Applying products in the wrong order can prevent skin from receiving the full benefits
Applying products in the wrong order can prevent skin from receiving the full benefits

How to layer your skincare products in the correct order

Apply your beauty stash like a pro

Sarah Young
Friday 07 September 2018 17:57
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Does the order you apply your skincare products really matter? The short answer, yes.

The way in which you should apply your beauty buys can be baffling but even if you have the most amazing skincare routine in the world applying your products in the wrong order can prevent you from receiving the full benefits.

If you don’t do so it can diminish the overall effectiveness of your routine and even leave skin irritated, dehydrated and broken out.

So, which product goes on top of what? To find out, we asked London-based cosmetic dermatologist Dr Sam Bunting, who insists you cannot build a successful regime without the fundamentals being right.

Cleanser

Flawless Cleanser, £16, Dr Bunting

It’s a good idea to start with a clean, blank canvas so using a cleanser is always the first step. Dr Bunting suggests investing in a good quality product that will thoroughly remove makeup, SPF, oil and grime.

“Most importantly, it must also do no harm, i.e. no clogging of pores and no dry, tight feeling,” she tells The Independent.

Toner

Sunday Riley, Martian Mattifying Melting Water-Gel Toner, £48, Space NK

Dr Bunting says that many people choose to skip this category. However, in principle, toner should come after cleanser.

“Modern cleansers rinse clear and shouldn’t disturb skin pH, rendering toner a bit redundant,” she says.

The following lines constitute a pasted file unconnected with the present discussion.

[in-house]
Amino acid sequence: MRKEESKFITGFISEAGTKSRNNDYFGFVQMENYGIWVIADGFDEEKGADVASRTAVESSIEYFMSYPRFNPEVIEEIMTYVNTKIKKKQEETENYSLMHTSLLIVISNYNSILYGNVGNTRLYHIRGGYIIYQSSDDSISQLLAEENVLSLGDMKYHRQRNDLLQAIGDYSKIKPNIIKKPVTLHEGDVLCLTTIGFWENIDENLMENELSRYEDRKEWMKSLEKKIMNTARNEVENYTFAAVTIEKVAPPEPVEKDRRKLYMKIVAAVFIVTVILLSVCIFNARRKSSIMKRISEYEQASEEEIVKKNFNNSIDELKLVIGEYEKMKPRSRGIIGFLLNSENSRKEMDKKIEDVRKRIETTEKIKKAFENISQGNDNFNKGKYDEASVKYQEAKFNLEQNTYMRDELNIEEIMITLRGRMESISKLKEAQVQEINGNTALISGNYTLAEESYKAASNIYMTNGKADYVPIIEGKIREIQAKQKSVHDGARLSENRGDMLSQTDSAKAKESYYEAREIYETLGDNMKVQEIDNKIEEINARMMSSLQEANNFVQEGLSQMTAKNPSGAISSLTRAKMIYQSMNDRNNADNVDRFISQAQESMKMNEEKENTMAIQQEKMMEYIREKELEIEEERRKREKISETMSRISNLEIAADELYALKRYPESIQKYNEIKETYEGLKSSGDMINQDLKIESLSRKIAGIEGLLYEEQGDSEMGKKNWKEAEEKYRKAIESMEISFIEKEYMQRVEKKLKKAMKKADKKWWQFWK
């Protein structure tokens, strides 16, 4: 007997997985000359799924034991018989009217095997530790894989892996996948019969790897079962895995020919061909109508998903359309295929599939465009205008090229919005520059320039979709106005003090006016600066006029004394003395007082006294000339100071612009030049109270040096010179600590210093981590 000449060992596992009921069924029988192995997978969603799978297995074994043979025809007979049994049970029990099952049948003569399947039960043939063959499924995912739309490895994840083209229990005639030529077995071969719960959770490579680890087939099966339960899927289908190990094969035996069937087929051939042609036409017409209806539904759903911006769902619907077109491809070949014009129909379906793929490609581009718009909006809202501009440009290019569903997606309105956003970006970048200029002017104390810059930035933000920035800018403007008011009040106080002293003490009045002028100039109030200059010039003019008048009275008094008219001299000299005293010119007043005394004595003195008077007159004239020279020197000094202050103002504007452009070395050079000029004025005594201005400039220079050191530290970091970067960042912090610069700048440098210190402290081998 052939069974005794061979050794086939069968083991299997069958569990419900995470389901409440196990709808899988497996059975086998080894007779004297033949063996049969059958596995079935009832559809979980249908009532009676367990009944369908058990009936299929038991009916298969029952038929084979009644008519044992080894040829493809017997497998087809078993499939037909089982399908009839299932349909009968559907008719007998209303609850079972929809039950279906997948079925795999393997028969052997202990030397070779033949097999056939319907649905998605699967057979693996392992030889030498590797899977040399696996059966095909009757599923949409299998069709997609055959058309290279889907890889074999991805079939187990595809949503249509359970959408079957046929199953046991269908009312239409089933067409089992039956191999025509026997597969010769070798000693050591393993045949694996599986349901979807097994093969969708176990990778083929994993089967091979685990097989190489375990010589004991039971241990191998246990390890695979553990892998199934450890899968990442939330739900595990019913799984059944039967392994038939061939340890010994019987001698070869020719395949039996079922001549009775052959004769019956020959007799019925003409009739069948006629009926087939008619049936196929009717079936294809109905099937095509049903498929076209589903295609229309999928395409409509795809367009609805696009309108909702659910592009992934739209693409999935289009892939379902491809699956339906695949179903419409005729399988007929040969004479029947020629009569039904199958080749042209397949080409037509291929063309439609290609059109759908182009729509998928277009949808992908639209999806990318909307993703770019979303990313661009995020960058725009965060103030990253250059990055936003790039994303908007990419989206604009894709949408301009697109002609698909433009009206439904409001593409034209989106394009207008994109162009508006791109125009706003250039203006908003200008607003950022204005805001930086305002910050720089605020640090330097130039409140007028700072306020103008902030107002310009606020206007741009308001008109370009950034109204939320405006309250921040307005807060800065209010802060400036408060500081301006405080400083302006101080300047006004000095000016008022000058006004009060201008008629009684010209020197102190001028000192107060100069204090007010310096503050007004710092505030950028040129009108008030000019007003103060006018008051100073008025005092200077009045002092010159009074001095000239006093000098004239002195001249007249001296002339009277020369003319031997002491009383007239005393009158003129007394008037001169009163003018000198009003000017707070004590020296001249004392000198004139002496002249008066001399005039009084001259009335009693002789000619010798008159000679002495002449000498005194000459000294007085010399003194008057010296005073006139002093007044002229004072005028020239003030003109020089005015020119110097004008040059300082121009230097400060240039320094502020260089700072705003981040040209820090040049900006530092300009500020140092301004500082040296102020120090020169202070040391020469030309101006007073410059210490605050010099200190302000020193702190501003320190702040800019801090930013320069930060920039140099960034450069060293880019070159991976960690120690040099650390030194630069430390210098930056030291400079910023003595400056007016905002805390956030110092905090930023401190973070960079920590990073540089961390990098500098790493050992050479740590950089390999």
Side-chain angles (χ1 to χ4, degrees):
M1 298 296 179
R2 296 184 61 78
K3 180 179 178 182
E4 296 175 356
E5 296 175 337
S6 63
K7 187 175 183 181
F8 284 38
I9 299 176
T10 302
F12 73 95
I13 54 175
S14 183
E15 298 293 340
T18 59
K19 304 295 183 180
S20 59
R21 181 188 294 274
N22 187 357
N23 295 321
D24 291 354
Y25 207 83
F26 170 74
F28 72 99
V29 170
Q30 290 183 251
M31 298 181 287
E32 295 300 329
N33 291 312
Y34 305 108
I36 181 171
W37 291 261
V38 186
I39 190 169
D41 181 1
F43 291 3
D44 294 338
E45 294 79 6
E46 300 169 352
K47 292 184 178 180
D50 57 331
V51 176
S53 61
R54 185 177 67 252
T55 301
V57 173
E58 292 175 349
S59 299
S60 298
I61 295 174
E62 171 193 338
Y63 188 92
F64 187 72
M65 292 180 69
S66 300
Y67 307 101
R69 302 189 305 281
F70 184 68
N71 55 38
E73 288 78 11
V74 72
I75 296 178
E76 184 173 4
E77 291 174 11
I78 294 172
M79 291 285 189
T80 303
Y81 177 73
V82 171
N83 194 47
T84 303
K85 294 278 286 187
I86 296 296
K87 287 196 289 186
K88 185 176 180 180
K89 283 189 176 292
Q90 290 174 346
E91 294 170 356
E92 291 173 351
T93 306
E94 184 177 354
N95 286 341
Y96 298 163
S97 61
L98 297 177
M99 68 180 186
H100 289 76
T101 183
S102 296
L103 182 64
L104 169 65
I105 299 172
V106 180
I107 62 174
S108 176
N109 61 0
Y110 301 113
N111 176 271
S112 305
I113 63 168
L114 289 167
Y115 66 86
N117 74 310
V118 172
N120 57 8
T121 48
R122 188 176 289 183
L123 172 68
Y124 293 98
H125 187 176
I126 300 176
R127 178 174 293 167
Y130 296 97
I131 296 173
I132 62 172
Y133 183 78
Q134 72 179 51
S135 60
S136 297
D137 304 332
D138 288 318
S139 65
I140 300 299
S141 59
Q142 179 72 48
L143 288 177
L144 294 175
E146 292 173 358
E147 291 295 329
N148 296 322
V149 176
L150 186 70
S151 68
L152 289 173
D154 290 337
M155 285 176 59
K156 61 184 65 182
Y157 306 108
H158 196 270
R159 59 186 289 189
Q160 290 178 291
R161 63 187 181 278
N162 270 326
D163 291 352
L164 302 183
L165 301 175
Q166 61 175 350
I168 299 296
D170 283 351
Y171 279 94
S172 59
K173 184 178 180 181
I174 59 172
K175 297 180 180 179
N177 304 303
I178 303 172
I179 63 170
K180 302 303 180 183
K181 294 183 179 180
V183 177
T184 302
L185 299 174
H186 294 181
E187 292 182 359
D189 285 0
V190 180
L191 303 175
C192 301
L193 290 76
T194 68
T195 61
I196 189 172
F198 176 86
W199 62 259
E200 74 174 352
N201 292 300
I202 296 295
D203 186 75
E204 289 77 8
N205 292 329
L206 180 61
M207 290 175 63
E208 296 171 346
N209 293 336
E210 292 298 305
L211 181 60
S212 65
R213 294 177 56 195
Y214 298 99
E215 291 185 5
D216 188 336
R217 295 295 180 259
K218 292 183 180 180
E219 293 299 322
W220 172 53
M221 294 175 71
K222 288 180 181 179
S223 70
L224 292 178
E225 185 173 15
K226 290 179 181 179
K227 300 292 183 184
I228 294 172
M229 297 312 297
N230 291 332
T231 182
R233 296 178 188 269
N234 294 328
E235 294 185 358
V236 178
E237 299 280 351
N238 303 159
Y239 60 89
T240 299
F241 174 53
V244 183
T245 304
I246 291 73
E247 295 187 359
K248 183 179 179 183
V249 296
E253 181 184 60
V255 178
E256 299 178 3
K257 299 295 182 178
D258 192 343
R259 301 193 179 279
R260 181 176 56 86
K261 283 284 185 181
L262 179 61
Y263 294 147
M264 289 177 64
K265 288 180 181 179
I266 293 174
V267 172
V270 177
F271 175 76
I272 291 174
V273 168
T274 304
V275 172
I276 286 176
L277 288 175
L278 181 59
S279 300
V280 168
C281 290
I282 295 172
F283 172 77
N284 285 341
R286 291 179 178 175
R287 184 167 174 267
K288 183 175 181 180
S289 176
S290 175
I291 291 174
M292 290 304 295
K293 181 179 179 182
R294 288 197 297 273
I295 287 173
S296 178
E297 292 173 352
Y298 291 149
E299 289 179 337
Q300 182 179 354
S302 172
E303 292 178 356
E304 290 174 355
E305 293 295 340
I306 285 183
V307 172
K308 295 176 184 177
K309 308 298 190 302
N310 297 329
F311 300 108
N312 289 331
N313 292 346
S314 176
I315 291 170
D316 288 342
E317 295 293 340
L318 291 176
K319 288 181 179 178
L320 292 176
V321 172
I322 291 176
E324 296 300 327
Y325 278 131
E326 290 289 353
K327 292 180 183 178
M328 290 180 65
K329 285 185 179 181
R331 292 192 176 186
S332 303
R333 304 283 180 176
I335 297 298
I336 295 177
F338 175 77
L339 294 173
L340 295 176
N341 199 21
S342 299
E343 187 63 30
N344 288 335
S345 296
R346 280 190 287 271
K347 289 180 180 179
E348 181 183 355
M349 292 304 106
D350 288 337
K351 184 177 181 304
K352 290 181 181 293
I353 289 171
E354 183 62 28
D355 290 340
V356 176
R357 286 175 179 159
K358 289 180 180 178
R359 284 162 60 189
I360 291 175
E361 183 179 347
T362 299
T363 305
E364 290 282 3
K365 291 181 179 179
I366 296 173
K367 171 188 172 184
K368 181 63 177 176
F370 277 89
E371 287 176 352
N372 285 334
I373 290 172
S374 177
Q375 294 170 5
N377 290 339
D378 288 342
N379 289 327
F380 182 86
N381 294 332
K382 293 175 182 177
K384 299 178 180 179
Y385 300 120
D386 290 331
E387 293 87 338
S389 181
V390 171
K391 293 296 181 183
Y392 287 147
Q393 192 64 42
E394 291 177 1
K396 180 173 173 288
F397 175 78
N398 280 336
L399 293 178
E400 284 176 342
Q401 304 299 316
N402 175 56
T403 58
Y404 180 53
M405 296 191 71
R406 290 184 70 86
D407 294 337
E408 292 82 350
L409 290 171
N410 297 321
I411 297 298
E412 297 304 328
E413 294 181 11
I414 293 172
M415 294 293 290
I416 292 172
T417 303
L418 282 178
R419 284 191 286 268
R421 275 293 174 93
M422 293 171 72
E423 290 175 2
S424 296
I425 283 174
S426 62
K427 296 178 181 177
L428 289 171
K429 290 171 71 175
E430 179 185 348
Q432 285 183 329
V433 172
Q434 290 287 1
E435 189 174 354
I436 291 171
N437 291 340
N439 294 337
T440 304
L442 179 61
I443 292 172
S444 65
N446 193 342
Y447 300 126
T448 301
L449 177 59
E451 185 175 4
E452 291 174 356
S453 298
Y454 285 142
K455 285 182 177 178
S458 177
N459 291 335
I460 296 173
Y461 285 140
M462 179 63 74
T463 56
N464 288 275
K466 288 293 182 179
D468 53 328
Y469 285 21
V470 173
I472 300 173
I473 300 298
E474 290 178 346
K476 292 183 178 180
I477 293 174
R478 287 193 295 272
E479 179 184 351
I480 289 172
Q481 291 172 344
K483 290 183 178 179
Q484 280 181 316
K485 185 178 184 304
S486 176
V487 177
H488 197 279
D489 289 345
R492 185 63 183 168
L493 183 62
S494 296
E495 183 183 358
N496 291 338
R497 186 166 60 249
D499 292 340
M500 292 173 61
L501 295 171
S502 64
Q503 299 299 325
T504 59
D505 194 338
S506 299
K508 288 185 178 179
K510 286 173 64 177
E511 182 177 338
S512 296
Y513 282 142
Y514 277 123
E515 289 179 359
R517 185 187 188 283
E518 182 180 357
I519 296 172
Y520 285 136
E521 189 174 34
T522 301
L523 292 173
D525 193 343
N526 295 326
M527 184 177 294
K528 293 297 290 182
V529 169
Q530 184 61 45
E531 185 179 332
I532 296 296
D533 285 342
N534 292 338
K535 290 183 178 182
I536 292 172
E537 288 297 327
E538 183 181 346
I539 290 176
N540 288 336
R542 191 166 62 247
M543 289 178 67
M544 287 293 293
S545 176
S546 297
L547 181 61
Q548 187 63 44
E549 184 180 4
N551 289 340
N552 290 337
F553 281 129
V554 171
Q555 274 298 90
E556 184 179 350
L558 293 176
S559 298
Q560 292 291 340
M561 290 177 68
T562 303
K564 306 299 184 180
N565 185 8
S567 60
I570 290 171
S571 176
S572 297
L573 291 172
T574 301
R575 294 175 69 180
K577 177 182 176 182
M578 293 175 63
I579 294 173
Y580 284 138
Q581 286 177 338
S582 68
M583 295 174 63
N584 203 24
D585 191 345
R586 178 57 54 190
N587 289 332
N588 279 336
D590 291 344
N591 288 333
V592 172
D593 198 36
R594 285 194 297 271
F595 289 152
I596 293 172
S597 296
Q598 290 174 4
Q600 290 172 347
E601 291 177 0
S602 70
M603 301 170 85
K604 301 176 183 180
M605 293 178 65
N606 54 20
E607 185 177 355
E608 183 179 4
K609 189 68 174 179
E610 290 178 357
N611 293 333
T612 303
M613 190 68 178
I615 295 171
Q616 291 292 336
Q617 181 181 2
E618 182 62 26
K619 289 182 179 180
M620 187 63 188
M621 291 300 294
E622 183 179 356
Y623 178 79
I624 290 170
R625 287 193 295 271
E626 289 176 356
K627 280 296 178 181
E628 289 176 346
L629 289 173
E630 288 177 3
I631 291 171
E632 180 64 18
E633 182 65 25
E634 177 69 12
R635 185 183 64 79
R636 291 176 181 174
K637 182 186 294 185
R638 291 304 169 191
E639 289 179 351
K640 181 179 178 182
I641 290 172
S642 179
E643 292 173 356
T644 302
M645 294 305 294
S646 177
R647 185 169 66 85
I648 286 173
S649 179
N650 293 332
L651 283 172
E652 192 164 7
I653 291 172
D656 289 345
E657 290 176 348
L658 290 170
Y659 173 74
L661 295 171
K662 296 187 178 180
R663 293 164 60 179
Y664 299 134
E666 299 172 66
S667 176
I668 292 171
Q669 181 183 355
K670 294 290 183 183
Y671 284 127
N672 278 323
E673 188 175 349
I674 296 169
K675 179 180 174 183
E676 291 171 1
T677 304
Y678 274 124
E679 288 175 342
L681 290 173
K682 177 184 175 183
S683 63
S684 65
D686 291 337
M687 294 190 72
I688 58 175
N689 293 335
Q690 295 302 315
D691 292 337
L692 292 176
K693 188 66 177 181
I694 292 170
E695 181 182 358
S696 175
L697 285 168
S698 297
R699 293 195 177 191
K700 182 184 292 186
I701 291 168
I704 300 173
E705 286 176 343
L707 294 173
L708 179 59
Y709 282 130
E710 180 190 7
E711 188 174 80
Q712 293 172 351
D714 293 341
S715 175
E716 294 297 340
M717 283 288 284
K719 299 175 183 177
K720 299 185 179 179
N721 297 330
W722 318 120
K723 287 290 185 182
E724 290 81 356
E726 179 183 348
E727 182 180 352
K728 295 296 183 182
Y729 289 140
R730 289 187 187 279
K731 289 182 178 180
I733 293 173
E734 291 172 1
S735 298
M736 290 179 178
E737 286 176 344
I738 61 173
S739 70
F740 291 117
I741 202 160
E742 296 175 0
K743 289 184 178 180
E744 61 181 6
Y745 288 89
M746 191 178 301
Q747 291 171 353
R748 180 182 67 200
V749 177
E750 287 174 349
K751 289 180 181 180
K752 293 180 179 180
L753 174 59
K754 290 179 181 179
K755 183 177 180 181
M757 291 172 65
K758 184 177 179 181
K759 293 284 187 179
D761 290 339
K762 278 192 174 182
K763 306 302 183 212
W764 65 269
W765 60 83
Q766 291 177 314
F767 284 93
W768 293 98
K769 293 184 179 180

“And as far as depositing actives on the skin, there are better, more precise ways of doing that with leave-on products.”

Serums and spot creams

Oskia, Renaissance Brightlight Serum, £88, Space NK

“I think it’s sensible to consider spot cream and serums under the category actives – meaning a specific ‘dose’ of product containing ingredients with a corrective purpose,” Dr Bunting explains.

“This could mean a targeted spot cream, containing salicylic acid or it could mean an anti-ageing ingredient like retinol in a serum format, which would be useful to apply all over.”

It’s important to choose an active at a strength and in a format that suits your skin type and to apply in a way that maximises penetration – ideally, on just-cleansed skin.

Eye cream

Kiehl’s, Creamy Eye Treatment with Avocado, £26, Feel Unique

Another optional category, not everyone chooses to use an eye cream but there are those who prefer a dedicated product because it absorbs nicely into the under-eye area.

Dr Bunting suggests if you’re using a serum beforehand to use one that contains an ingredient that will benefit the under-eye area, such as vitamin C.

Moisturiser and face oil

Emma Hardie, Brilliance Facial Oil, £39, Marks & Spencer

The next step in your routine is to lock-in water so reach for a moisturiser and apply in an upwards and outwards motion.

Dr Bunting says you could use a face oil instead but that they’re not a category of product she would encourage as they can trigger breakouts in blemish-prone skin.

“But, if that’s not an issue for you, this is where I’d use them,” she says.

SPF

Daily Sunscreen SPF 30, £20, Glossier

The final step in your skincare regime should be a sunscreen. “This is a non-negotiable if you care about preventing ageing and it should be applied evenly all over the face, which encourages systematic and even application,” she says.

Still confused? Don’t be. If you prefer to keep your skincare routine paired back, the easiest way to get it right is to apply products from lightweight format to heavy, as this will prevent blocking absorption.

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